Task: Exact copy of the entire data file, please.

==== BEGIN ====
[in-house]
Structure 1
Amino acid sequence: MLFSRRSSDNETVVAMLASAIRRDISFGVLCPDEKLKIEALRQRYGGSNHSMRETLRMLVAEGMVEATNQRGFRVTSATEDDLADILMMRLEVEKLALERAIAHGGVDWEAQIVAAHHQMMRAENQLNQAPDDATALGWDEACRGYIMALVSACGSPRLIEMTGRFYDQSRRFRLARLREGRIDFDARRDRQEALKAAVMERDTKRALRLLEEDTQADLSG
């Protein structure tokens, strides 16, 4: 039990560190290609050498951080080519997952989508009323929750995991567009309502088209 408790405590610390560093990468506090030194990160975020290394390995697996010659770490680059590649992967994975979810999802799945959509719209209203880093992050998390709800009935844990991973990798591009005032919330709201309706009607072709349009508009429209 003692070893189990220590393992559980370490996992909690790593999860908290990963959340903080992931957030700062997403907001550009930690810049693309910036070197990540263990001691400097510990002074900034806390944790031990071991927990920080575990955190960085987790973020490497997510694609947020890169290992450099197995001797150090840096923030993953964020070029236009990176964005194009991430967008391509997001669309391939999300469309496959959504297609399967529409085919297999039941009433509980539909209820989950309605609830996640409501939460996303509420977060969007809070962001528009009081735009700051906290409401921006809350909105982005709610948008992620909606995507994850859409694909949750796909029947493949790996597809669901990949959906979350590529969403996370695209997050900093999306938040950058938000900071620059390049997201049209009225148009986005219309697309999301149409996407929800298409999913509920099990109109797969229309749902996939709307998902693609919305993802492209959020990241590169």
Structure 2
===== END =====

[in-house]
Structure 1
Amino acid sequence: MLFSRRSSDNETVVAMLASAIRRDISFGVLCPDEKLKIEALRQRYGGSNHSMRETLRMLVAEGMVEATNQRGFRVTSATEDDLADILMMRLEVEKLALERAIAHGGVDWEAQIVAAHHQMMRAENQLNQAPDDATALGWDEACRGYIMALVSACGSPRLIEMTGRFYDQSRRFRLARLREGRIDFDARRDRQEALKAAVMERDTKRALRLLEEDTQADLSG
């Protein structure tokens, strides 16, 4: 039990560190290609050498951080080519997952989508009323929750995991567009309502088209 408790405590610390560093990468506090030194990160975020290394390995697996010659770490680059590649992967994975979810999802799945959509719209209203880093992050998390709800009935844990991973990798591009005032919330709201309706009607072709349009508009429209 003692070893189990220590393992559980370490996992909690790593999860908290990963959340903080992931957030700062997403907001550009930690810049693309910036070197990540263990001691400097510990002074900034806390944790031990071991927990920080575990955190960085987790973020490497997510694609947020890169290992450099197995001797150090840096923030993953964020070029236009990176964005194009991430967008391509997001669309391939999300469309496959959504297609399967529409085919297999039941009433509980539909209820989950309605609830996640409501939460996303509420977060969007809070962001528009009081735009700051906290409401921006809350909105982005709610948008992620909606995507994850859409694909949750796909029947493949790996597809669901990949959906979350590529969403996370695209997050900093999306938040950058938000900071620059390049997201049209009225148009986005219309697309999301149409996407929800298409999913509920099990109109797969229309749902996939709307998902693609919305993802492209959020990241590169």
Structure 2